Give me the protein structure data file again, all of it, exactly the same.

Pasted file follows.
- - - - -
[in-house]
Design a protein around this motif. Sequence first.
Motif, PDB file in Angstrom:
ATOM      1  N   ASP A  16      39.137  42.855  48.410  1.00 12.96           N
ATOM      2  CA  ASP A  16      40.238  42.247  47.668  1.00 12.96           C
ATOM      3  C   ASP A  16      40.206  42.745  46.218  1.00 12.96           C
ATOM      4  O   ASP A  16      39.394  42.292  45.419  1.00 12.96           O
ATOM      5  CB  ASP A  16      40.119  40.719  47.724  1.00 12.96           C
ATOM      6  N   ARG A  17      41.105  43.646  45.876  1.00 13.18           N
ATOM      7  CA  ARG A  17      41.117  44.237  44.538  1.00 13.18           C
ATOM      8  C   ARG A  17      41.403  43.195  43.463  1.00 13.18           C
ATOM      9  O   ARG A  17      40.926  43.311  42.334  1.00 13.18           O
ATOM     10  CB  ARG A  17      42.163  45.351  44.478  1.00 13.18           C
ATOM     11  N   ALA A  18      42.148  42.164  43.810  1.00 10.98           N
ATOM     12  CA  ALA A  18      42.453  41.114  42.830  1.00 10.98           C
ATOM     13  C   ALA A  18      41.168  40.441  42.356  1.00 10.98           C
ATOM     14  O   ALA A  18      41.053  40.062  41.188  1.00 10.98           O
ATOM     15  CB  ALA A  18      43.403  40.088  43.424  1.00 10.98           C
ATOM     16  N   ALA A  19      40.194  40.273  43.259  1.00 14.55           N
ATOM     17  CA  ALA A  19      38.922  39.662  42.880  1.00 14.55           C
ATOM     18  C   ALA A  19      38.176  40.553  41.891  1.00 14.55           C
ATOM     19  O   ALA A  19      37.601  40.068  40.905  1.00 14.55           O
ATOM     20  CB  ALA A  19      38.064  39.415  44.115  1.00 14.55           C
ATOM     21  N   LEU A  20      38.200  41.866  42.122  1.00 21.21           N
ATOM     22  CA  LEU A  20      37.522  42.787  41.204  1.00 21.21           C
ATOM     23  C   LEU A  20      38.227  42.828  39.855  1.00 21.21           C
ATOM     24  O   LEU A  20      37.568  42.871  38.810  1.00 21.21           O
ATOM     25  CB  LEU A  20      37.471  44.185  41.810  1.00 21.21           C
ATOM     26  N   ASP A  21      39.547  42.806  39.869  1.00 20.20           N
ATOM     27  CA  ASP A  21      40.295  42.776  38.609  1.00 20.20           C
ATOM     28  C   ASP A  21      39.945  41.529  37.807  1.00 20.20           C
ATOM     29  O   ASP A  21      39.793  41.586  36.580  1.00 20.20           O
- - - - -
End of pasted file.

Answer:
[in-house]
Design a protein around this motif. Sequence first.
Motif, PDB file in Angstrom:
ATOM      1  N   ASP A  16      39.137  42.855  48.410  1.00 12.96           N
ATOM      2  CA  ASP A  16      40.238  42.247  47.668  1.00 12.96           C
ATOM      3  C   ASP A  16      40.206  42.745  46.218  1.00 12.96           C
ATOM      4  O   ASP A  16      39.394  42.292  45.419  1.00 12.96           O
ATOM      5  CB  ASP A  16      40.119  40.719  47.724  1.00 12.96           C
ATOM      6  N   ARG A  17      41.105  43.646  45.876  1.00 13.18           N
ATOM      7  CA  ARG A  17      41.117  44.237  44.538  1.00 13.18           C
ATOM      8  C   ARG A  17      41.403  43.195  43.463  1.00 13.18           C
ATOM      9  O   ARG A  17      40.926  43.311  42.334  1.00 13.18           O
ATOM     10  CB  ARG A  17      42.163  45.351  44.478  1.00 13.18           C
ATOM     11  N   ALA A  18      42.148  42.164  43.810  1.00 10.98           N
ATOM     12  CA  ALA A  18      42.453  41.114  42.830  1.00 10.98           C
ATOM     13  C   ALA A  18      41.168  40.441  42.356  1.00 10.98           C
ATOM     14  O   ALA A  18      41.053  40.062  41.188  1.00 10.98           O
ATOM     15  CB  ALA A  18      43.403  40.088  43.424  1.00 10.98           C
ATOM     16  N   ALA A  19      40.194  40.273  43.259  1.00 14.55           N
ATOM     17  CA  ALA A  19      38.922  39.662  42.880  1.00 14.55           C
ATOM     18  C   ALA A  19      38.176  40.553  41.891  1.00 14.55           C
ATOM     19  O   ALA A  19      37.601  40.068  40.905  1.00 14.55           O
ATOM     20  CB  ALA A  19      38.064  39.415  44.115  1.00 14.55           C
ATOM     21  N   LEU A  20      38.200  41.866  42.122  1.00 21.21           N
ATOM     22  CA  LEU A  20      37.522  42.787  41.204  1.00 21.21           C
ATOM     23  C   LEU A  20      38.227  42.828  39.855  1.00 21.21           C
ATOM     24  O   LEU A  20      37.568  42.871  38.810  1.00 21.21           O
ATOM     25  CB  LEU A  20      37.471  44.185  41.810  1.00 21.21           C
ATOM     26  N   ASP A  21      39.547  42.806  39.869  1.00 20.20           N
ATOM     27  CA  ASP A  21      40.295  42.776  38.609  1.00 20.20           C
ATOM     28  C   ASP A  21      39.945  41.529  37.807  1.00 20.20           C
ATOM     29  O   ASP A  21      39.793  41.586  36.580  1.00 20.20           O